Thursday, April 14, 2022










 It's hard to believe that this is my first post of 2022. Regular readers know of my Dad's passing last Fall, and except for a few half hearted posts - I decided to take a break. So, sorry for this Blog's silence since last Fall (and that's all I have to say about that).

As many of you know I'm a proponent for using a Magnetic loop antenna, not only for portable use, but as an indoor base antenna as well, should you live inside the walls of an HOA neighborhood. Do Mag Loops work? You bet they do. I've used mine to check into the Texas Traffic Net on 3.873, maritime nets on 20m, as well as QSO's on 10m and (gasp) 11m. If you use a legal CB radio you'll never overload a QRP rated loop, and "Skip" within the states is perfectly legal.

Yes, there is a narrow bandwidth when tuning a loop, but that bandwidth increases as you move up in frequency, especially 11 and 10m. I've tagged stations in New England from Texas on 10 meters with relative ease, and having a band scope/waterfall really helps me determine which way to manually adjust my loop next (the variable capacitor knob is turned either left or right to move down or up frequency).


" Forest Gump once said: “Life is like a box of chocolates, you never know what you're going to get.”


Even if I'm on 28.480USB I can see activity up/down frequency which often determines where to tune next - and this makes using a mag loop super easy (in fact, many times I'll sit on a frequency for 10-15 minutes, watching the waterfall for activity before tuning my loop).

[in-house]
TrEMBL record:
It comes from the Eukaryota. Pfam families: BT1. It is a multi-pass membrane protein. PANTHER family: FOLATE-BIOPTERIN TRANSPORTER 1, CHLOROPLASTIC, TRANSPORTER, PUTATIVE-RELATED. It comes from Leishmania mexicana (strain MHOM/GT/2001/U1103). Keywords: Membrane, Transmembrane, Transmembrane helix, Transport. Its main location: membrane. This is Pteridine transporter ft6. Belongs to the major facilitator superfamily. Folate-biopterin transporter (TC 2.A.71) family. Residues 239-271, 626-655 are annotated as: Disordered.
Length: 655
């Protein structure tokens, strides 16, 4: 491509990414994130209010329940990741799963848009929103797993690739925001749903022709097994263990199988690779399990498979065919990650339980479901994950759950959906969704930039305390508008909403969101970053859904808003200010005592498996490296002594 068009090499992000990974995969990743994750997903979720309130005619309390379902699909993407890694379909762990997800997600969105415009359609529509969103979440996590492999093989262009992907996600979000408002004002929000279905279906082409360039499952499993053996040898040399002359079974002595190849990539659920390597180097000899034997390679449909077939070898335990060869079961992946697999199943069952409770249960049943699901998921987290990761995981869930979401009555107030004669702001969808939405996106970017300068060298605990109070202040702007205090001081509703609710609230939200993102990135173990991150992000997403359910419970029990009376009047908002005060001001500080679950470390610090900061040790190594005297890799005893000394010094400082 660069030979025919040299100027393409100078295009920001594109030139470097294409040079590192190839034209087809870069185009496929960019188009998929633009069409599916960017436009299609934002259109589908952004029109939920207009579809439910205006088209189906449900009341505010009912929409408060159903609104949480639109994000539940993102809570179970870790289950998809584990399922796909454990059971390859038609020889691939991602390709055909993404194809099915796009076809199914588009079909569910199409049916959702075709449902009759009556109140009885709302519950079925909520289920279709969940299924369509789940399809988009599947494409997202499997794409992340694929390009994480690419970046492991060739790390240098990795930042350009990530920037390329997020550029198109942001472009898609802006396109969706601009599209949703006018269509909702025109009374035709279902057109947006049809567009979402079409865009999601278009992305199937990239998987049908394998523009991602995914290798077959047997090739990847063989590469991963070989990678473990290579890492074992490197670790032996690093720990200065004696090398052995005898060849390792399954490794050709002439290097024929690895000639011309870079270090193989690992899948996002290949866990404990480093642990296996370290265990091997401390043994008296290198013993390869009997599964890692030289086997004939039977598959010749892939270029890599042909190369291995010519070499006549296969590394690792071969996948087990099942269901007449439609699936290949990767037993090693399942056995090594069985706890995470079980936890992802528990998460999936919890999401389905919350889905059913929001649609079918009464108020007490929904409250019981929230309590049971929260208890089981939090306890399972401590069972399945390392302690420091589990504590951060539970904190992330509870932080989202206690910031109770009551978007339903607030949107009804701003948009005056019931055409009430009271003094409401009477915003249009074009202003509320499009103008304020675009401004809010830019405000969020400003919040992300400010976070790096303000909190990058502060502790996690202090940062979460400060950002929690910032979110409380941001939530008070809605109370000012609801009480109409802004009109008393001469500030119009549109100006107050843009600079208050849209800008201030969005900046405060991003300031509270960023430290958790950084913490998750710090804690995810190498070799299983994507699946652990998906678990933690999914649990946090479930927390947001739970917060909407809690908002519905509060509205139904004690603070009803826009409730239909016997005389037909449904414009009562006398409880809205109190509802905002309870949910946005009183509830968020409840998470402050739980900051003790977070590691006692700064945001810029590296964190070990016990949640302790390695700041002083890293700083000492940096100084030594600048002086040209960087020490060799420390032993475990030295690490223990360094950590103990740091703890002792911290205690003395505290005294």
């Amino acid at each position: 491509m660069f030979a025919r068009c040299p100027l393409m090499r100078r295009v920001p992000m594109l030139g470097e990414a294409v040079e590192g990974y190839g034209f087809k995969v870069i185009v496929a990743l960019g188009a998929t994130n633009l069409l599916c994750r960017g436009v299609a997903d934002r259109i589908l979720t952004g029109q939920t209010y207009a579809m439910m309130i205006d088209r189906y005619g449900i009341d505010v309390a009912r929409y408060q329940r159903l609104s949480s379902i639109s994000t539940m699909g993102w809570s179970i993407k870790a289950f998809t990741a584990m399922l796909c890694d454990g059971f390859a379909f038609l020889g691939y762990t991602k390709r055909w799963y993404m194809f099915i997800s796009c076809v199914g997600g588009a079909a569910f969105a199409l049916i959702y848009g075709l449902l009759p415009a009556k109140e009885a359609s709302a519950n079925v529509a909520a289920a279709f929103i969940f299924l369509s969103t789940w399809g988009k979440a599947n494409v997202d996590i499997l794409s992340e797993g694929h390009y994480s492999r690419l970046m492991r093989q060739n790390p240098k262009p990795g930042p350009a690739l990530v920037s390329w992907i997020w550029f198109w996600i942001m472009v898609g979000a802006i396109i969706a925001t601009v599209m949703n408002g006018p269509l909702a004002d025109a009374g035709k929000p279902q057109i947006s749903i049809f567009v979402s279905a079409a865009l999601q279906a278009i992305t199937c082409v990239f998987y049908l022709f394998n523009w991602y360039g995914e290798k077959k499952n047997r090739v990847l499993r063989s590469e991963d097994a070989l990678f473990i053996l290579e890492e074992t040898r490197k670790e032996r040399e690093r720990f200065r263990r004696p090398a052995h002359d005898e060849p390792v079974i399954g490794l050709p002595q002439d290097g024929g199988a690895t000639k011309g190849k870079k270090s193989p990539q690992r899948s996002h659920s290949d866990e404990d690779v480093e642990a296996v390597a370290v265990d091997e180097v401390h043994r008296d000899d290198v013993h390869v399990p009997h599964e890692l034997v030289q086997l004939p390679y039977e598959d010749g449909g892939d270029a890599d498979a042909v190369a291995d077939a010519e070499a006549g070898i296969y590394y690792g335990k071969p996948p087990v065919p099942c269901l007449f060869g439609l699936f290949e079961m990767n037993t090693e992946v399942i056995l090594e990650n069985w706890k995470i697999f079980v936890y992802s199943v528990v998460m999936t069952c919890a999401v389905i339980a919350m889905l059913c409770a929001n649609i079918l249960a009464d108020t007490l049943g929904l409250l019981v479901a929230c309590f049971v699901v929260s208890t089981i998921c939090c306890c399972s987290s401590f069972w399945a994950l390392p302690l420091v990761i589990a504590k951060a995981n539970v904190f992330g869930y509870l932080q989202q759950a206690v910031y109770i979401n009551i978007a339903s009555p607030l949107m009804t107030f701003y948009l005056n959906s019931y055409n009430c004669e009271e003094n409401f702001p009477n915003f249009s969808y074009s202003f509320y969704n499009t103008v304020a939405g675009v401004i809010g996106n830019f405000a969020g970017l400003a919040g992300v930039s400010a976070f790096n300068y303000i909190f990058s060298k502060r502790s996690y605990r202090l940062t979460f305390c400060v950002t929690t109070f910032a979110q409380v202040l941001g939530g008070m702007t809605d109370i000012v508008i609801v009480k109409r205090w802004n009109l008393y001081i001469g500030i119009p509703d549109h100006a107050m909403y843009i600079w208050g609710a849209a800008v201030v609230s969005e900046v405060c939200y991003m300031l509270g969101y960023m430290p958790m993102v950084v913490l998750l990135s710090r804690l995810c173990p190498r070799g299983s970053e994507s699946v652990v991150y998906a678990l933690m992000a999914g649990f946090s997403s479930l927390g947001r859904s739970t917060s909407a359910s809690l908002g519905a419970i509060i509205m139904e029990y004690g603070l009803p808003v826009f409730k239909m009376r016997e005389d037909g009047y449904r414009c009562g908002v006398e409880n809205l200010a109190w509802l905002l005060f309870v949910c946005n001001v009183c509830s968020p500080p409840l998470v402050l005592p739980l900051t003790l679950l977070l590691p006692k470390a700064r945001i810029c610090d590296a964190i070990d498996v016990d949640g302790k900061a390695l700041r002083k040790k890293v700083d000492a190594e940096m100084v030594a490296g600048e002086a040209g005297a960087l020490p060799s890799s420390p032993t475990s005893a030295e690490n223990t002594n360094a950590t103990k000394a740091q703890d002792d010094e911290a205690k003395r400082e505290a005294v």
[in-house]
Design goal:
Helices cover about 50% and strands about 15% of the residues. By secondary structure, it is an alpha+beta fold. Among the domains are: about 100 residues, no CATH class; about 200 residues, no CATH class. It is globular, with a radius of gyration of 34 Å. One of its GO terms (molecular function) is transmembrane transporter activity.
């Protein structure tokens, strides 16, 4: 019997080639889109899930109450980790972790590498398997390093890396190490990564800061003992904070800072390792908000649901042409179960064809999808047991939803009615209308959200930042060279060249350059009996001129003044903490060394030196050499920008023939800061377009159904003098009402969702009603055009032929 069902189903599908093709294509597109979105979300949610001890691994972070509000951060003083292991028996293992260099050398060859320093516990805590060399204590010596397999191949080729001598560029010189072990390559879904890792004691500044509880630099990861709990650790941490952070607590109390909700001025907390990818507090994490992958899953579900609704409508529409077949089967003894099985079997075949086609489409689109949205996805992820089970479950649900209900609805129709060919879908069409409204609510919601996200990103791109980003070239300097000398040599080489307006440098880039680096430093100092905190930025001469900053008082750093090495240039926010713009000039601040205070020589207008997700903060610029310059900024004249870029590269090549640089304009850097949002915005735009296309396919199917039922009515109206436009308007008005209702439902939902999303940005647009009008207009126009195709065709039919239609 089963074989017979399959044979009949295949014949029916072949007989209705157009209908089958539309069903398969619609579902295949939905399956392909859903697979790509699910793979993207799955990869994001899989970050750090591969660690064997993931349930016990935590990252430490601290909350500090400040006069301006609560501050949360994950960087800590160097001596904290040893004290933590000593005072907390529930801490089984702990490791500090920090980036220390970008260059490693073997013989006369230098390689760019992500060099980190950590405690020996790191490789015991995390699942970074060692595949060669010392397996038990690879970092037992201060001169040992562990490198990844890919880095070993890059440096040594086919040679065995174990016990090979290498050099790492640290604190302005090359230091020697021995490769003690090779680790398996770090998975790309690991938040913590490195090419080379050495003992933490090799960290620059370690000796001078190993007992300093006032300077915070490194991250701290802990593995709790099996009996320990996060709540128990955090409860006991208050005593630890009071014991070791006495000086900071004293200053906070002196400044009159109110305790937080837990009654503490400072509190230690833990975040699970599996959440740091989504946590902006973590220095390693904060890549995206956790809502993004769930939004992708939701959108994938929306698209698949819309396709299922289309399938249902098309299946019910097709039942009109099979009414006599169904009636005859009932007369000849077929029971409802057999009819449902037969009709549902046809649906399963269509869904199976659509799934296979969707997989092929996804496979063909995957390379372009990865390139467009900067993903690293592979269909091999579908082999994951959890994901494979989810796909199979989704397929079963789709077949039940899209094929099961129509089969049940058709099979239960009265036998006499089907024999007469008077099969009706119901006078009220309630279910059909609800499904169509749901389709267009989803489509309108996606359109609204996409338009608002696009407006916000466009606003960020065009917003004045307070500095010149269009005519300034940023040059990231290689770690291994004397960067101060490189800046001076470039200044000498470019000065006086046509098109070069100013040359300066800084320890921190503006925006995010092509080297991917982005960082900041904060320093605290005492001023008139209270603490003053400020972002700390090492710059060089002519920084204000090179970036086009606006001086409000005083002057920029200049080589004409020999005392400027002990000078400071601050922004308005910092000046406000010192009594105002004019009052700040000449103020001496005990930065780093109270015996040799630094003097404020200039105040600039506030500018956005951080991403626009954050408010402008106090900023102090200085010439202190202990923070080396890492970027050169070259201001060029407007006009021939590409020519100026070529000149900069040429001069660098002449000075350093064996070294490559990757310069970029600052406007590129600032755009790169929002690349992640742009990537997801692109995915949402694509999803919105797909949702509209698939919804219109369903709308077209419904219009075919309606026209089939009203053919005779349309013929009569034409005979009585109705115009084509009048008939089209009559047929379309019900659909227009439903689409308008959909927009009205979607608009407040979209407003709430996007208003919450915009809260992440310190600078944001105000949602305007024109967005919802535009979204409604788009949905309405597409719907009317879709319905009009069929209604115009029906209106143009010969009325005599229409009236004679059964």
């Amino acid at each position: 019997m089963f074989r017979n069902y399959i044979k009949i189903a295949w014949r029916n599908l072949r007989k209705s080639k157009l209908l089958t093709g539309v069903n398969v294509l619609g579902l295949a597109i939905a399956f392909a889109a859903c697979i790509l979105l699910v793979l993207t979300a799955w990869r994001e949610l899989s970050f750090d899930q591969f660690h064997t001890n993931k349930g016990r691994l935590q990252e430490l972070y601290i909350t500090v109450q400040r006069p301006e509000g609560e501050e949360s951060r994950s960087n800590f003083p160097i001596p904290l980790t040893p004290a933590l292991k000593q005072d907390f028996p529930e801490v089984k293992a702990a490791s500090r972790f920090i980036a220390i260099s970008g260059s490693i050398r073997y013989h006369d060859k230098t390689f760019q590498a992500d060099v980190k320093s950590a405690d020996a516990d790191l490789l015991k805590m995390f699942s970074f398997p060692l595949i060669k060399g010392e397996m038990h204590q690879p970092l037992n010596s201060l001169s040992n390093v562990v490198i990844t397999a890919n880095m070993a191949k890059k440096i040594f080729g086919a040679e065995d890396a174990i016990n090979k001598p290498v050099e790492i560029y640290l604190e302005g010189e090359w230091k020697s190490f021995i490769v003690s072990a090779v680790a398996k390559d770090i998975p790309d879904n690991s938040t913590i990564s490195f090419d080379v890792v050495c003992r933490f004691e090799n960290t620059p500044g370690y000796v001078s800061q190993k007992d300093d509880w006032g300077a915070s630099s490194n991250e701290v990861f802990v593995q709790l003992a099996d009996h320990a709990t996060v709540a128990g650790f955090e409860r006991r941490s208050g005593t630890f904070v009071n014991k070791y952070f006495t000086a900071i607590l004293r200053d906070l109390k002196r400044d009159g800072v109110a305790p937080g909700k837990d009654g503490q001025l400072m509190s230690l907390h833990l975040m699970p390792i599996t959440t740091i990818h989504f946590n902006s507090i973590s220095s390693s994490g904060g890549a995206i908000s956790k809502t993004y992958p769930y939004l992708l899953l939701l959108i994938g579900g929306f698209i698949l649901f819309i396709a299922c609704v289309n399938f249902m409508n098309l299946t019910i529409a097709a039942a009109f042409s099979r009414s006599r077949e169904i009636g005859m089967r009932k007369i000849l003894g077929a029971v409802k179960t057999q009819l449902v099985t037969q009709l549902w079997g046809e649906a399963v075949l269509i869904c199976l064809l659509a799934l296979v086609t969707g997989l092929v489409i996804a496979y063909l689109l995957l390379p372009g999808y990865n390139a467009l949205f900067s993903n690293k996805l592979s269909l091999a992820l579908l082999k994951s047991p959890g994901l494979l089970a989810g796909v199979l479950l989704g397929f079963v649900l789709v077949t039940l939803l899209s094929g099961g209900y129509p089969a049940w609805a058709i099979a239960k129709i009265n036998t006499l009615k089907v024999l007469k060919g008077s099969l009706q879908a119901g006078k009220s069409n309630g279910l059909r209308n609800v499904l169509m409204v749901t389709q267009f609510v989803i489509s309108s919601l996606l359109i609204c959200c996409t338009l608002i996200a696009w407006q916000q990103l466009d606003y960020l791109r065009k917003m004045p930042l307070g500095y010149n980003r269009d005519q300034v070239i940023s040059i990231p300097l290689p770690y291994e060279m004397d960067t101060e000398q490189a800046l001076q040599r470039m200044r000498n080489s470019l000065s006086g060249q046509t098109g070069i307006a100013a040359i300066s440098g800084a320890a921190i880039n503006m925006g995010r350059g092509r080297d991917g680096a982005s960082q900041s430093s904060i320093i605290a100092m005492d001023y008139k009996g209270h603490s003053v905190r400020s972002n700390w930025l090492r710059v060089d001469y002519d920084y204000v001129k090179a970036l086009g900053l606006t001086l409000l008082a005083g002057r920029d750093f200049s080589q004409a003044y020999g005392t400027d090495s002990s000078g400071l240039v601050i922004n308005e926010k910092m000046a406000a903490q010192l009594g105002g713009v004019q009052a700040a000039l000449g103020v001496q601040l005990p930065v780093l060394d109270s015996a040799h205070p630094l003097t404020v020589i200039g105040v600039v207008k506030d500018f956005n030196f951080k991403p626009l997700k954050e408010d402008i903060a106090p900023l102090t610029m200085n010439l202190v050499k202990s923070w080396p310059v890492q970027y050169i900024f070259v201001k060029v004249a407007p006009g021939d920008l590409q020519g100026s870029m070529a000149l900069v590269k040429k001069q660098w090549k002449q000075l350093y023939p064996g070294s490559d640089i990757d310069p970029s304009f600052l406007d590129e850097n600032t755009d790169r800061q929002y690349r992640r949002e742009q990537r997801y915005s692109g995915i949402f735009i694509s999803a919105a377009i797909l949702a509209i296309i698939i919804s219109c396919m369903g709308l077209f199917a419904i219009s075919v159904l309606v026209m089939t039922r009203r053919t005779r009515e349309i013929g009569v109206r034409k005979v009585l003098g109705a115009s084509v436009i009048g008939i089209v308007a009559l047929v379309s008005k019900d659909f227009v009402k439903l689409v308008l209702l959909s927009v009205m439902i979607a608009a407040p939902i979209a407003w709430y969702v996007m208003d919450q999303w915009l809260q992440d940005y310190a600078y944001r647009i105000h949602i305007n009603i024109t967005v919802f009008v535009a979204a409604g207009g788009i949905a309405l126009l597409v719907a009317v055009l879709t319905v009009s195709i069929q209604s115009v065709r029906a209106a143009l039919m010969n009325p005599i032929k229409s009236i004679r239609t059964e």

On 11m it's a totally different animal. I usually use my CPI-2000 base, and there's no way to determine if I should go up or down a channel. Each channel holds its own surprise.

Today was a great example. Using my IC-705 on 10m it was easy to see station activity 70khz in either direction, and (as I said), if I didn't see anything on the waterfall I'd sit there like a WWII Submarine rigged for silent running - waiting for something to happen on the scope.

Back on 11 meters, all I could do with the CPI was change the channel selector "click-click-click" UP & Down until I heard a station worth a shot at calling. It was... as I once wrote in regard to having a CB with a frequency counter vs. one without, akin to flying blind - or as Forest Gump once said: “Life is like a box of chocolates, you never know what you're going to get.”


"I had a lot more fun accidentally discovering stations on the CPI versus watching the waterfall/band-scope on the 705"


As I flipped around my 40 channel 11m band today I never knew what to expect on the next channel (unless it was a channel or two above and below the "Super Bowl"). Sometimes I was pleasantly surprised, while other times not so much. 

Yes, I could have used an A/B switch to watch the band scope on the IC-705, switching to the CPI and tuning the loop in the direction of where the action appeared to be, but I continued to keep the rigs separate: My 705 for 10m and the CPI-2000 for 11. That's when it dawned on me that I had a lot more fun accidentally discovering stations on the CPI versus watching the 705's waterfall/band-scope on 10m.

(it was like fishing with a rod/line/bait vs. fishing with dynamite) 


CPI-2000 (not mine)


I had a similar Gotcha moment in the 80's when my ham rig with it's digital display was in for repair, and I was given a Yaesu FT-101b loaner to keep me on-the-air (the advantage of having a somewhat local repair shop, with a heart 'O gold - Thanks Sonny).

Other than knowing where the band limitations existed for my class of License, everything in-between was up for grabs and it became a really cool experience hunting for stations. It didn't matter if I was on 28.305 or 28.314.5, as long as I was tuned in to the other station we'd have a QSO.

 Finally, when my rig with it's digital display was repaired, I was sorry to let the loaner go back to Sonny's shop. Thinking deeper than I usually do, this is similar to using a radio @ it's legal output level, versus putting an amp in-line to make sure you're heard.

I guess that's why I like QRP so much - it's a real challenge to land the big one, and when I do, my heart's racing like it had a case of "Buck Fever"...









So, here's the end of my first post for 2022 - Happy New Year!